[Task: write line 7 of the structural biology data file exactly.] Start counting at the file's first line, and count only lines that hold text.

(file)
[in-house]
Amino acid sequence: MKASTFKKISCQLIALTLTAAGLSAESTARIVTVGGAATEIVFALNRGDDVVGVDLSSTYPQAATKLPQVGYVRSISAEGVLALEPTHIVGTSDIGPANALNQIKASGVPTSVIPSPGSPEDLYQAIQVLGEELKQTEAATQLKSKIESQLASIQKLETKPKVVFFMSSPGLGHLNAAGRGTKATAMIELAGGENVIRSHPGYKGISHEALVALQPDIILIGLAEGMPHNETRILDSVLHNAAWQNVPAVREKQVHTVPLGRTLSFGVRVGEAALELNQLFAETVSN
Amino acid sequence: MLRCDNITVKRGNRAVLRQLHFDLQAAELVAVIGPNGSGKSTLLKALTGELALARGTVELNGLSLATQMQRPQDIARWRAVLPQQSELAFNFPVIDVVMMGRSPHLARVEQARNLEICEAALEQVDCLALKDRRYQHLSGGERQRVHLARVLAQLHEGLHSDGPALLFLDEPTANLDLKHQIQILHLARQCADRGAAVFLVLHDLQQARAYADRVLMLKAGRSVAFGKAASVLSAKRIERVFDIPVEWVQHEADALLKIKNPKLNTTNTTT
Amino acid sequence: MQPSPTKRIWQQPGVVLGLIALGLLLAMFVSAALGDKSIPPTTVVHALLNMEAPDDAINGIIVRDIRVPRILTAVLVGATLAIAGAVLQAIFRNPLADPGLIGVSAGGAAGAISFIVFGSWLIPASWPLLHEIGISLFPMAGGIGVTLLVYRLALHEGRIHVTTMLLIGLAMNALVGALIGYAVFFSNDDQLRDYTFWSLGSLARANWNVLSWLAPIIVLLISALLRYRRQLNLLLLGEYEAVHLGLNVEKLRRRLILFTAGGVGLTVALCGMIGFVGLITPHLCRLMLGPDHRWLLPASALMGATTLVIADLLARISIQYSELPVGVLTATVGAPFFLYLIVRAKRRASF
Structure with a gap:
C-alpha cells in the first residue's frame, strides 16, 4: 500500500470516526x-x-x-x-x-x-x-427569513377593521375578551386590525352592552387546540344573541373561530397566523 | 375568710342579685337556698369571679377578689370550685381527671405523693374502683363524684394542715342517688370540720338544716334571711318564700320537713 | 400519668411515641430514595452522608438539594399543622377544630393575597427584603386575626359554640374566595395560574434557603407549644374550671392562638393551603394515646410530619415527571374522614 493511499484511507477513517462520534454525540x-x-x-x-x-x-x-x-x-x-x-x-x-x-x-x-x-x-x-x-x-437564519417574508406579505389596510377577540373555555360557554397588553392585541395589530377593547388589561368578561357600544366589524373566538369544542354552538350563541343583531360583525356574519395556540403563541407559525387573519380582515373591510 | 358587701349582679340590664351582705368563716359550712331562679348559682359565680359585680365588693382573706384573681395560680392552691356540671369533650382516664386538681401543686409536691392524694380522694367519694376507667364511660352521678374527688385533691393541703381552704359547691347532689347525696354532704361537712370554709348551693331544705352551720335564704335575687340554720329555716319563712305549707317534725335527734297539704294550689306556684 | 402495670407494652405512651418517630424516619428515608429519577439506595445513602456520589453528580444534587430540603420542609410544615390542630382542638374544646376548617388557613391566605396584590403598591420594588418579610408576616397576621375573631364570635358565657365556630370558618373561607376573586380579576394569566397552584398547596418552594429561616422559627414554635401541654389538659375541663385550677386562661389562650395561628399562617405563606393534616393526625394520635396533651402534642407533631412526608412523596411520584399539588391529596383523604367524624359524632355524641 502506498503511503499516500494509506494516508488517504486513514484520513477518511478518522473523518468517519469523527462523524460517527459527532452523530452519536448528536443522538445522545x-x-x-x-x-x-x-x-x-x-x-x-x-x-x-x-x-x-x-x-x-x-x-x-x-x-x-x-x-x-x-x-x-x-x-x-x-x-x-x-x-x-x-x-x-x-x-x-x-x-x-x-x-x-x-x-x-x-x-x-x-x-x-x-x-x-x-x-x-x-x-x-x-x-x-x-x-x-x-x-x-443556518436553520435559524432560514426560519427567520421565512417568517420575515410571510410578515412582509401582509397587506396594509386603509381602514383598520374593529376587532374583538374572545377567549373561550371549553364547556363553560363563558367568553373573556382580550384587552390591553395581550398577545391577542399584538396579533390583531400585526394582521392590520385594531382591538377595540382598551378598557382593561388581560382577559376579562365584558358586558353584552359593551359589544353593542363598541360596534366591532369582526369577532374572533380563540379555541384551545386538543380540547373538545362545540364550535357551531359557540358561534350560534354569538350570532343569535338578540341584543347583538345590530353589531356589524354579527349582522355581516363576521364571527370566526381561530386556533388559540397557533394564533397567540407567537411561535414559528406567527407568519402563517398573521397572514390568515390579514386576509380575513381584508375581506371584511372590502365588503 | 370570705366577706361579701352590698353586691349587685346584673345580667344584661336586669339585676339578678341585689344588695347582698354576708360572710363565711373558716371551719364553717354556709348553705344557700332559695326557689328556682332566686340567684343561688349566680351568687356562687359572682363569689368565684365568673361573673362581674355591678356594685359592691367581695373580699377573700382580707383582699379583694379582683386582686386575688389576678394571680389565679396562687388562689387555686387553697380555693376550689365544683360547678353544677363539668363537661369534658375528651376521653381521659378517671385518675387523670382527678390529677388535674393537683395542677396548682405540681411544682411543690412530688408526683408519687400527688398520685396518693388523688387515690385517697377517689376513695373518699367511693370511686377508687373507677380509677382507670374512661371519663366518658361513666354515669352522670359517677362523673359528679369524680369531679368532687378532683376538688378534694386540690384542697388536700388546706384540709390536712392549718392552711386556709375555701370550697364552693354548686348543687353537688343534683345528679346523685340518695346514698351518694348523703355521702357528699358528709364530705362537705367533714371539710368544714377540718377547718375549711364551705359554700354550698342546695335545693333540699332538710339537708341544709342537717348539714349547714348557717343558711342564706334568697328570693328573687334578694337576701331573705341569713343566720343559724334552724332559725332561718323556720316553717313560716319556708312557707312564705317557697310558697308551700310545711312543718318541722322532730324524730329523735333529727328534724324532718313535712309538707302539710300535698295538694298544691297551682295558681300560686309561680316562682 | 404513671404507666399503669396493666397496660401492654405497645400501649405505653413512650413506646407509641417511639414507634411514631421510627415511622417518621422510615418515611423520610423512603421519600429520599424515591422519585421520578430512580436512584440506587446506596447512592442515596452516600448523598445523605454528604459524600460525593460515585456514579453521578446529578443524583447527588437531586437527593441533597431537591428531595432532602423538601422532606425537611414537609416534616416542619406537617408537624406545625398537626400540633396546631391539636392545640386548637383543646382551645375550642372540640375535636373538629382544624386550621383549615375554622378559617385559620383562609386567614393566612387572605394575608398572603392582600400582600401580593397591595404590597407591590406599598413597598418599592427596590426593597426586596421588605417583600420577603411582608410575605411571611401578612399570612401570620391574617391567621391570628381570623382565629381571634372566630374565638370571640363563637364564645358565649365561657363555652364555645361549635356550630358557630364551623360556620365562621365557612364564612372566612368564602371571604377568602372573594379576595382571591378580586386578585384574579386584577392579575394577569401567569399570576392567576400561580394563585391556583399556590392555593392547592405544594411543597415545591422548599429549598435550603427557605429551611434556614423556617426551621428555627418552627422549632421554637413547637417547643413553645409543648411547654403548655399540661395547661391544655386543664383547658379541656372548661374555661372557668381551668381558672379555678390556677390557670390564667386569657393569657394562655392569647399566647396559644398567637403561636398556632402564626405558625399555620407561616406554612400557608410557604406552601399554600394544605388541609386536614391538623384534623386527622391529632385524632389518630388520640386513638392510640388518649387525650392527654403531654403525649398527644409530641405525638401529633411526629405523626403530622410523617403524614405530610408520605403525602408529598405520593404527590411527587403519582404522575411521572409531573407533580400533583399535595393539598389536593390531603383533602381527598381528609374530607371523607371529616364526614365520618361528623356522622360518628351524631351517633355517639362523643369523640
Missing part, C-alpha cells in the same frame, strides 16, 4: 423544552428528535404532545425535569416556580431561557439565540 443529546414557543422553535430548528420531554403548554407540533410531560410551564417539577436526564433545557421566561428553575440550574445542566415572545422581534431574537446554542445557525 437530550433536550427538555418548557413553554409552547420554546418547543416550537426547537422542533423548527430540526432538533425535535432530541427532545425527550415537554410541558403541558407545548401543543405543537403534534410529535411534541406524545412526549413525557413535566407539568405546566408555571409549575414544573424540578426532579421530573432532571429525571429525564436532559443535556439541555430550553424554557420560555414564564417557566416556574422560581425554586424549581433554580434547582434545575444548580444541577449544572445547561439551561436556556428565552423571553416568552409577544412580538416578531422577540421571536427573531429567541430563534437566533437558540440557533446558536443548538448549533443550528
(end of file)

Missing part, C-alpha cells in the same frame, strides 16, 4: 423544552428528535404532545425535569416556580431561557439565540 443529546414557543422553535430548528420531554403548554407540533410531560410551564417539577436526564433545557421566561428553575440550574445542566415572545422581534431574537446554542445557525 437530550433536550427538555418548557413553554409552547420554546418547543416550537426547537422542533423548527430540526432538533425535535432530541427532545425527550415537554410541558403541558407545548401543543405543537403534534410529535411534541406524545412526549413525557413535566407539568405546566408555571409549575414544573424540578426532579421530573432532571429525571429525564436532559443535556439541555430550553424554557420560555414564564417557566416556574422560581425554586424549581433554580434547582434545575444548580444541577449544572445547561439551561436556556428565552423571553416568552409577544412580538416578531422577540421571536427573531429567541430563534437566533437558540440557533446558536443548538448549533443550528